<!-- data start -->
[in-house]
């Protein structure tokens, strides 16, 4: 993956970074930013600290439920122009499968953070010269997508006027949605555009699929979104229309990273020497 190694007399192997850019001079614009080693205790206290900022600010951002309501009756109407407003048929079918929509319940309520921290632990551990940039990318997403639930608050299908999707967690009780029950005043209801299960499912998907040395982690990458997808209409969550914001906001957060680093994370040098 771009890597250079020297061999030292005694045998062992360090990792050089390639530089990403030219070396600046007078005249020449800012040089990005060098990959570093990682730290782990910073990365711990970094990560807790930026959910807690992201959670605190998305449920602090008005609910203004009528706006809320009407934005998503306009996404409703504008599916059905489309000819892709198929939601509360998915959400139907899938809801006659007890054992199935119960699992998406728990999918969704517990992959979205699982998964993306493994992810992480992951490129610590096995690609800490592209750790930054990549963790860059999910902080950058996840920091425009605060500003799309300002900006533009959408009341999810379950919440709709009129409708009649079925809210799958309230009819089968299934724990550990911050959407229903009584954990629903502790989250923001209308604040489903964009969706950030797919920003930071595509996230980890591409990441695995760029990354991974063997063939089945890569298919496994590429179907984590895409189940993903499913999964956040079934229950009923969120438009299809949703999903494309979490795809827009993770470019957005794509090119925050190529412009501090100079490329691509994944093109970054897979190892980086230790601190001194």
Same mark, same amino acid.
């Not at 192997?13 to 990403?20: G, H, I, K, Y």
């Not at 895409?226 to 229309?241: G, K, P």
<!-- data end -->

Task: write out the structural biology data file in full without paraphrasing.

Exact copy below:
[in-house]
């Protein structure tokens, strides 16, 4: 993956970074930013600290439920122009499968953070010269997508006027949605555009699929979104229309990273020497 190694007399192997850019001079614009080693205790206290900022600010951002309501009756109407407003048929079918929509319940309520921290632990551990940039990318997403639930608050299908999707967690009780029950005043209801299960499912998907040395982690990458997808209409969550914001906001957060680093994370040098 771009890597250079020297061999030292005694045998062992360090990792050089390639530089990403030219070396600046007078005249020449800012040089990005060098990959570093990682730290782990910073990365711990970094990560807790930026959910807690992201959670605190998305449920602090008005609910203004009528706006809320009407934005998503306009996404409703504008599916059905489309000819892709198929939601509360998915959400139907899938809801006659007890054992199935119960699992998406728990999918969704517990992959979205699982998964993306493994992810992480992951490129610590096995690609800490592209750790930054990549963790860059999910902080950058996840920091425009605060500003799309300002900006533009959408009341999810379950919440709709009129409708009649079925809210799958309230009819089968299934724990550990911050959407229903009584954990629903502790989250923001209308604040489903964009969706950030797919920003930071595509996230980890591409990441695995760029990354991974063997063939089945890569298919496994590429179907984590895409189940993903499913999964956040079934229950009923969120438009299809949703999903494309979490795809827009993770470019957005794509090119925050190529412009501090100079490329691509994944093109970054897979190892980086230790601190001194």
Same mark, same amino acid.
């Not at 192997?13 to 990403?20: G, H, I, K, Y």
């Not at 895409?226 to 229309?241: G, K, P």